2011–2013 | ongoing
To examine how groups of fish navigate complex environments, I conducted a series of pilot experiments with schools of Golden Shiners. Groups were trained to the general location of a food reward in an empty tank. Then, a complex labyrinth was inserted, and fish had to search for a path to the reward. I tested different group sizes and compositions to see which performed best.
I hope to expand on these preliminary experiments along with theoretical models combining multi-agent reinforcement learning and game theory to assess when schools stay together, and under what conditions individuals tend to split off. Do free riders play a role in the fission/fusion dynamics seen in these experiments? Are there consistent strategies that emerge within groups in terms of exploration and exploitation of information?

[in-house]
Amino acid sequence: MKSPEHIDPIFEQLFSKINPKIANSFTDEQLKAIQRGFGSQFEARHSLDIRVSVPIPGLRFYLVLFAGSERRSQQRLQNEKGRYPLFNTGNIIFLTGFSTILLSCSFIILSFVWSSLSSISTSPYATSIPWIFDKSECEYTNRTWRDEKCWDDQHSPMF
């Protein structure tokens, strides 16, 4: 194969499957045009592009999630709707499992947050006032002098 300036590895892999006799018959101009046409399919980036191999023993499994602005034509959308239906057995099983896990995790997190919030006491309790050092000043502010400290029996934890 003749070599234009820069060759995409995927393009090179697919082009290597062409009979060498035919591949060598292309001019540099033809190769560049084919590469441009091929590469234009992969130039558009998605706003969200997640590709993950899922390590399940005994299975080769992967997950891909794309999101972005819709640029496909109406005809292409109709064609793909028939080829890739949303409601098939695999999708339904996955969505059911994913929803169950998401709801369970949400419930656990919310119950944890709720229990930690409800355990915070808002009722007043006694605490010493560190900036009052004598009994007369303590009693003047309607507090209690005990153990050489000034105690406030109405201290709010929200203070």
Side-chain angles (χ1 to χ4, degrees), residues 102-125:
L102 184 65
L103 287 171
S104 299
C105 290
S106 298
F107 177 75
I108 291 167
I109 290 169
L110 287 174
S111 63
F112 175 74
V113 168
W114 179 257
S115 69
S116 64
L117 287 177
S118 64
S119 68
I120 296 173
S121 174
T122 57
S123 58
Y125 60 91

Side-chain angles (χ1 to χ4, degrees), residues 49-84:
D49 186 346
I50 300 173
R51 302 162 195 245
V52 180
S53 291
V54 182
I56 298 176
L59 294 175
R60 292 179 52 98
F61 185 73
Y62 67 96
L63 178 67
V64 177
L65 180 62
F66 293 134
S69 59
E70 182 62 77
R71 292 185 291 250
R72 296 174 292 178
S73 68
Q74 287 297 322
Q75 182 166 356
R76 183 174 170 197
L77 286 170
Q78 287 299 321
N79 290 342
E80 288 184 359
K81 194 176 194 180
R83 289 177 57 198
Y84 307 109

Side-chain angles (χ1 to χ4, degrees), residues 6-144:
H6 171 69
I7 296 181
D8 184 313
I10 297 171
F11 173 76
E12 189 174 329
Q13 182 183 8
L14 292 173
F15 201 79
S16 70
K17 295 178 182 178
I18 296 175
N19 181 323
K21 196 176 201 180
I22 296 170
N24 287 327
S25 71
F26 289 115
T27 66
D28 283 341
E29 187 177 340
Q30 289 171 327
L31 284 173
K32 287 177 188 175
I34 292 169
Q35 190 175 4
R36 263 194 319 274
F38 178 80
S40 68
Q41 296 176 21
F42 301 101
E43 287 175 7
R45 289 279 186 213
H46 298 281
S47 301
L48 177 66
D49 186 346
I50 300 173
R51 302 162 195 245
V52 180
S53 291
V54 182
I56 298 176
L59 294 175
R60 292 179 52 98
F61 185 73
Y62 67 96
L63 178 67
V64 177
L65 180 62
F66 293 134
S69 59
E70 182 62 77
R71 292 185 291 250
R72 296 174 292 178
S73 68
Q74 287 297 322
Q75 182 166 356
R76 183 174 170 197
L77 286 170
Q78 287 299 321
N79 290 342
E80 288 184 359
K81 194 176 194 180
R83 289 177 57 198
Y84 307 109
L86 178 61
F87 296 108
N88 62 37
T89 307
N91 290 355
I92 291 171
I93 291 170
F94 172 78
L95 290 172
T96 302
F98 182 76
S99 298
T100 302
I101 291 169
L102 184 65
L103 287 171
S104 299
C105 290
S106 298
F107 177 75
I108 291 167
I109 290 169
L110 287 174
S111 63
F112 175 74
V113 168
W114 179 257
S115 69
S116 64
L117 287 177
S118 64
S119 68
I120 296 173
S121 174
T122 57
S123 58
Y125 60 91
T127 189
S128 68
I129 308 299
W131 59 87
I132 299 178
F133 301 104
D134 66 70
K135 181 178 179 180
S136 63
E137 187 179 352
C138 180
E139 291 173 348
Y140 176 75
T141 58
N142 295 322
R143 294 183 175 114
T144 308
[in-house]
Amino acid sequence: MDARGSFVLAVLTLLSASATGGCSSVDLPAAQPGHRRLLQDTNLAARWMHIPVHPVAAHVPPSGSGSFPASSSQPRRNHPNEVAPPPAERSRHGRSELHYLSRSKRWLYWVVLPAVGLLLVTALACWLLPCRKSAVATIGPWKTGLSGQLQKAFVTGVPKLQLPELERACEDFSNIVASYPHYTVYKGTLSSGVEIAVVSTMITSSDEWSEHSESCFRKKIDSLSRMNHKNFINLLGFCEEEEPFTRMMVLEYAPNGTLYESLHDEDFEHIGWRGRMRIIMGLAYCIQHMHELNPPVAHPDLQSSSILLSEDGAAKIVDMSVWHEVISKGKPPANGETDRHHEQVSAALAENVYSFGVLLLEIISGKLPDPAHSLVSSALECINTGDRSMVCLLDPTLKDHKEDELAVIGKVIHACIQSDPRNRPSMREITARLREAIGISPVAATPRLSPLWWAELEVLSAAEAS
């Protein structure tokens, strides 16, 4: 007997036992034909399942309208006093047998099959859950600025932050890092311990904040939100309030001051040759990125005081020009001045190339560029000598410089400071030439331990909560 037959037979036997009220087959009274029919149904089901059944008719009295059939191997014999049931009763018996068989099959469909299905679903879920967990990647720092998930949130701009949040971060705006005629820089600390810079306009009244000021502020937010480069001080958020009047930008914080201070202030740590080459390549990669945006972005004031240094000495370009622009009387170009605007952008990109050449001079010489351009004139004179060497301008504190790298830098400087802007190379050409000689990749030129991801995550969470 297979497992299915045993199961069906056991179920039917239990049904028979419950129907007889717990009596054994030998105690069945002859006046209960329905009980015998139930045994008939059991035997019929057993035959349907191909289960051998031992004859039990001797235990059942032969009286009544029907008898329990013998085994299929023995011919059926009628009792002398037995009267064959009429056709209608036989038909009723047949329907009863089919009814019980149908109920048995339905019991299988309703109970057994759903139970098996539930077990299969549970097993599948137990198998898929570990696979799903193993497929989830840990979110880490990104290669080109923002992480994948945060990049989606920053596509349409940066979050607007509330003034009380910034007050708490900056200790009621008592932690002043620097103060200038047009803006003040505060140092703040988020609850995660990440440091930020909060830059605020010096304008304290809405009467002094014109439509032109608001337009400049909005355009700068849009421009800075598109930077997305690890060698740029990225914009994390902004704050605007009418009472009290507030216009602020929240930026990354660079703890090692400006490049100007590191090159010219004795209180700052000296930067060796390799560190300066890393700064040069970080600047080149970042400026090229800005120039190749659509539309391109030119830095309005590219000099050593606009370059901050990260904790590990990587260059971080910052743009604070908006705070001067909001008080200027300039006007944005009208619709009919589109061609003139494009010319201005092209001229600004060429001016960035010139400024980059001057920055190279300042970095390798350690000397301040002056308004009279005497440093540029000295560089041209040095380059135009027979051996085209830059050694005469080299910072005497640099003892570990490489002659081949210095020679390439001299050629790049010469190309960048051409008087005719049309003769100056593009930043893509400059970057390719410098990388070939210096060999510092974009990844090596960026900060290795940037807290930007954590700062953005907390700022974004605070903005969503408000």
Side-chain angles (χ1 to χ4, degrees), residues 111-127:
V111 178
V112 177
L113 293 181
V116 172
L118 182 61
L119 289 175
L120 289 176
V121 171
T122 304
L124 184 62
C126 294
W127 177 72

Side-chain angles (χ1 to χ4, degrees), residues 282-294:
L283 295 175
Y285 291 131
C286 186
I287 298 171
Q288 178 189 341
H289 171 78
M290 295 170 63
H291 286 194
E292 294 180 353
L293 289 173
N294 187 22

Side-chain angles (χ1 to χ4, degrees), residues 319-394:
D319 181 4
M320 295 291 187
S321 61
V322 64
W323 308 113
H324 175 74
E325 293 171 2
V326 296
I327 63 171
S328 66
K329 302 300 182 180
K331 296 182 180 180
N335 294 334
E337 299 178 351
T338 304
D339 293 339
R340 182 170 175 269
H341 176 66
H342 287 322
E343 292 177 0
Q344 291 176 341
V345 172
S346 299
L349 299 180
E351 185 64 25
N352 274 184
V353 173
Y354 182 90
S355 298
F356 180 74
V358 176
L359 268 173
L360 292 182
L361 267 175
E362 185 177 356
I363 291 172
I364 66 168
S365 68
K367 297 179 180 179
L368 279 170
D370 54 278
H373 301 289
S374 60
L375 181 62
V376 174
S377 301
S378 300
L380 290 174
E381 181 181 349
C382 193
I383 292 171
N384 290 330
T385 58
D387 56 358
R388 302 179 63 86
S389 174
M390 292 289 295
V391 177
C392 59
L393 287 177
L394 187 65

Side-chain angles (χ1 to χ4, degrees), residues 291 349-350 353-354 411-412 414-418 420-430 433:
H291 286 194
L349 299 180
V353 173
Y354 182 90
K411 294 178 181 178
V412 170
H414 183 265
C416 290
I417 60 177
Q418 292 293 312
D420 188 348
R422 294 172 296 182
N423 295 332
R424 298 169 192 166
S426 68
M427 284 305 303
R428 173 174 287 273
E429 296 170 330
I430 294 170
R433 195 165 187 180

A consistent strategy of following the crowd could allow some individuals to devote their attention to close observation of the environment, which may ultimately lead to their discovering novel routes, and their sudden departure from the group as they speed towards a (possible) reward. In addition to these questions regarding individual strategies and inter-group dynamics, I am also interested in analyzing this process of group exploration as a multi-agent form of Novelty Search, which may provide insights for the design of AI systems focused on collective search (either physical or virtual).